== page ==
"Look, it's a great resource," he says. "Those of us who prize the fishing on Butternut want to keep it that way. For me, that means releasing any walleye bigger than 18 inches, or retaining only the panfish I can eat right-then. Almost every musky is released. "And, don't forget," he adds, "any fish, no matter how big will fit in a picture. So use your camera, and retain a photo memory. Return the fish, and let it grow and reproduce for the future."
In the spring on Butternut Lake, walleye hold pretty close off their spawning reefs in a little deeper water, and the usual bait of choice is large fatheads in the colder water -- 2 to 2 1/2 inches or so -- with leeches and crawlers coming right behind, depending if the water temperature rises a bit. Doughty says to use floating or leadhead jigs, and also slipbobbers.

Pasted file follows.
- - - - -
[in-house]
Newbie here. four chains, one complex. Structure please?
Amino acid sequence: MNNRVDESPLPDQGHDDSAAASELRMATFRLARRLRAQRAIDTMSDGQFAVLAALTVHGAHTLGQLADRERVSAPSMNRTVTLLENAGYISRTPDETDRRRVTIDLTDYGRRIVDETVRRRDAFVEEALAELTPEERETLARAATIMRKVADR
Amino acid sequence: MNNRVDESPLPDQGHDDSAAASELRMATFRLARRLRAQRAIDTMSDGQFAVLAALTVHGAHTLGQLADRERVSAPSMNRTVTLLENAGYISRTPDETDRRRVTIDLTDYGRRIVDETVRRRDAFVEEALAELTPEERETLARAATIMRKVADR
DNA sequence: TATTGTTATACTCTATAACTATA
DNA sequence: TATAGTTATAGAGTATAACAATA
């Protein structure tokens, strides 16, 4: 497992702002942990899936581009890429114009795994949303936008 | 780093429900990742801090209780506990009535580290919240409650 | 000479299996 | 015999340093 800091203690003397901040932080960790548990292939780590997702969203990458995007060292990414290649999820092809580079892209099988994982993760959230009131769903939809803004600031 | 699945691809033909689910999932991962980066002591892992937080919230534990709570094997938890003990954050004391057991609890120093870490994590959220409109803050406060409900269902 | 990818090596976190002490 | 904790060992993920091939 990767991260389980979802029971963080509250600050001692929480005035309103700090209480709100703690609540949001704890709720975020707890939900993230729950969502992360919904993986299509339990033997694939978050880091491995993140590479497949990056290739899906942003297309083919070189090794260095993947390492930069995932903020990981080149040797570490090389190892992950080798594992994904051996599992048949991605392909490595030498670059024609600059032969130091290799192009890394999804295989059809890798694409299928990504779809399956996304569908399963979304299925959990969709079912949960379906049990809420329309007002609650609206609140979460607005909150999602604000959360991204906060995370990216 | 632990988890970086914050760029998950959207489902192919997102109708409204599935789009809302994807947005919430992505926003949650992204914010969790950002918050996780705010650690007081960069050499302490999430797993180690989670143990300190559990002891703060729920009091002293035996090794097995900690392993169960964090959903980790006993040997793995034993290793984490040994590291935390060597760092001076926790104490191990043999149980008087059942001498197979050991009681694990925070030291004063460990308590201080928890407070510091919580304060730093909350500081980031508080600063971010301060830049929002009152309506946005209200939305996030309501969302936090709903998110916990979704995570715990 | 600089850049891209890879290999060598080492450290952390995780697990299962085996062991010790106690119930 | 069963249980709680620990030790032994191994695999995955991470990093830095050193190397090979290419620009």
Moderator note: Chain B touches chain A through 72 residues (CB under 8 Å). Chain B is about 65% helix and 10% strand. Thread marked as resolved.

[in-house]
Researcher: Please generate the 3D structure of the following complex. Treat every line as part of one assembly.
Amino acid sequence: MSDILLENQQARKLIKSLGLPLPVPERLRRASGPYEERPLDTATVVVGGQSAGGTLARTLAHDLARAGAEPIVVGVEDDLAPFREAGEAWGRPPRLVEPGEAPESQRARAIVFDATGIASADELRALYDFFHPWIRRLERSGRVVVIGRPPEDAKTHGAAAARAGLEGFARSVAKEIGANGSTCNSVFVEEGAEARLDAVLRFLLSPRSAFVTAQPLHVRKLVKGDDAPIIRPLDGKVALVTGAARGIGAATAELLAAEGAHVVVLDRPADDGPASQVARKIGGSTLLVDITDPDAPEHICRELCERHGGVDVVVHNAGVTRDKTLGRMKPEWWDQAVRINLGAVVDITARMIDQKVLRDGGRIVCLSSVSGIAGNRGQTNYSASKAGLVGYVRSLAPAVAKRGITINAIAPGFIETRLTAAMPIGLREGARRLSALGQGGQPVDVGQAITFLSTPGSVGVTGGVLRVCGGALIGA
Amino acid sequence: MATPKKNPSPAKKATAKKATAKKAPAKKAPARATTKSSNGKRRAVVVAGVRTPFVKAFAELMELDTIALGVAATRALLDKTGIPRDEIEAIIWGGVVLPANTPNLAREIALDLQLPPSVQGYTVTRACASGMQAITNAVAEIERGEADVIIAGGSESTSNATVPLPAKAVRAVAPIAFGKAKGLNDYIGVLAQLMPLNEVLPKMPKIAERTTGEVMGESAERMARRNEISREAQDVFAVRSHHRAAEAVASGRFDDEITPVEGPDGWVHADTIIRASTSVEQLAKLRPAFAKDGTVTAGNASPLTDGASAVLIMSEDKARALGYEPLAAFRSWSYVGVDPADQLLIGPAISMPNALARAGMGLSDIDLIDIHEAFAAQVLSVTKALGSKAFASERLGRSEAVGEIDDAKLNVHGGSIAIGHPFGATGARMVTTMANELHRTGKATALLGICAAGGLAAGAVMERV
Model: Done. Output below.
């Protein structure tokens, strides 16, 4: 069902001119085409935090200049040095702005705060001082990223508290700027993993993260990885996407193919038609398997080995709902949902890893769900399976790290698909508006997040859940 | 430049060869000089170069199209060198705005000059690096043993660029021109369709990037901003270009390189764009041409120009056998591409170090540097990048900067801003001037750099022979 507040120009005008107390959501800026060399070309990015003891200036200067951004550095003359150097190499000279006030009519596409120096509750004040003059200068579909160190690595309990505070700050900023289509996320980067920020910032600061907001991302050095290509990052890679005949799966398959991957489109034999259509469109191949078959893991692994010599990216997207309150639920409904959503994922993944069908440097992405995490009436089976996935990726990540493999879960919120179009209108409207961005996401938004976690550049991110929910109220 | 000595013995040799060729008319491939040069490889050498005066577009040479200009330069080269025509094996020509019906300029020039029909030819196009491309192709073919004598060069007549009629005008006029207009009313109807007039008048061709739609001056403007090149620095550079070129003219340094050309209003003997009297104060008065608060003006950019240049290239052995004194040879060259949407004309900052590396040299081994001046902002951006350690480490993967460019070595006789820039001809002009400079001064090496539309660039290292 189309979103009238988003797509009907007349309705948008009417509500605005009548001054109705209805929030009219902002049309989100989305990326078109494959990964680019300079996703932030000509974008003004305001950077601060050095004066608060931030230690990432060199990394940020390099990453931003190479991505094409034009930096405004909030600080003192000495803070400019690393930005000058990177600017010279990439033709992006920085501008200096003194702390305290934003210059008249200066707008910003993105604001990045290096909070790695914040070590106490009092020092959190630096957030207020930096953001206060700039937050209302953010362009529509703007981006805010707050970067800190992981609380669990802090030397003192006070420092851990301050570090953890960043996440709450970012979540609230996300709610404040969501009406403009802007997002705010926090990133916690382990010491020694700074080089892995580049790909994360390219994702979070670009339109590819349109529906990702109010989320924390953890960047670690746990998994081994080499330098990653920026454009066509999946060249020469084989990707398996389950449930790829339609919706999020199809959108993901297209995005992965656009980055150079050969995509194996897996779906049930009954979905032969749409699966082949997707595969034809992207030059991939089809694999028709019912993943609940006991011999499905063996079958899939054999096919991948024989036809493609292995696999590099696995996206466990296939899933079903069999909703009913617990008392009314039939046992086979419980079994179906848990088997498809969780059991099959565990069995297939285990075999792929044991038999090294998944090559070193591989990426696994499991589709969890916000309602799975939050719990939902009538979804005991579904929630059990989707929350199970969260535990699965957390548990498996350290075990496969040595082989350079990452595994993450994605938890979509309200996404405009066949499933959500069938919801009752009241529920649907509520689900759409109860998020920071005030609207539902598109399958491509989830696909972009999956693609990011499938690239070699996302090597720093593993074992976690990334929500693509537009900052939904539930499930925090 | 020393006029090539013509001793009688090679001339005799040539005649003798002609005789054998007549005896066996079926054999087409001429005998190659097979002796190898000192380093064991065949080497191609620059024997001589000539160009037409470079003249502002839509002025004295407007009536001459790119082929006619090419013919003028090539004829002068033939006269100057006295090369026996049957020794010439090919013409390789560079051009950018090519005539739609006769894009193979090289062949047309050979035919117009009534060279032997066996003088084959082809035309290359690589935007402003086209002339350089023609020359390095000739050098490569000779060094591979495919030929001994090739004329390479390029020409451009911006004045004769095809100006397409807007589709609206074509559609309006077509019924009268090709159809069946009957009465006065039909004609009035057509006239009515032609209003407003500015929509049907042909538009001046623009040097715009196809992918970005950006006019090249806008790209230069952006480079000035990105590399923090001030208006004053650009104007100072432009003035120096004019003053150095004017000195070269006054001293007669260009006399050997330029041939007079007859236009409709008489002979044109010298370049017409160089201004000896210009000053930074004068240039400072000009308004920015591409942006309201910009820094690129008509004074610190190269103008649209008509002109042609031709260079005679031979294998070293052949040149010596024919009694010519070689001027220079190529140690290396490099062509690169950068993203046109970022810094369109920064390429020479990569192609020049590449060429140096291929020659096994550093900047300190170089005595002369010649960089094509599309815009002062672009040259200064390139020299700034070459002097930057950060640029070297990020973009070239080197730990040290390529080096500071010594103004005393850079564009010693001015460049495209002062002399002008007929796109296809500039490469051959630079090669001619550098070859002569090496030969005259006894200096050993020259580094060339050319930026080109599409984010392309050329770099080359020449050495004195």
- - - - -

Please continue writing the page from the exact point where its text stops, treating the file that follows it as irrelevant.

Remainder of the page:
Fish the drop-offs and points in 8 to 15 feet of water, and FISH SLOW in the early spring, because the water is pretty cold.
An area called "The Narrows" is excellent for early spring fishing, according to Doughty. Located right in the middle of the lake (the lake is 3 miles long, and about a mile wide at its widest point), it is the narrowest point of the lake. It's also the deepest, and there's a current that runs through it, and along the two sandbars and their points that are right there, and from which there are sharp drop-offs. Fish that area all day in the spring. Try different baits to determine what's working best.
Anglers should not be surprised to get some great northern and musky action while fishing for walleye (remember that Wisconsin's musky season does not open until late May, so you should immediately release any musky you might lock into before that date). Forget about crappie, perch and bluegill at this time.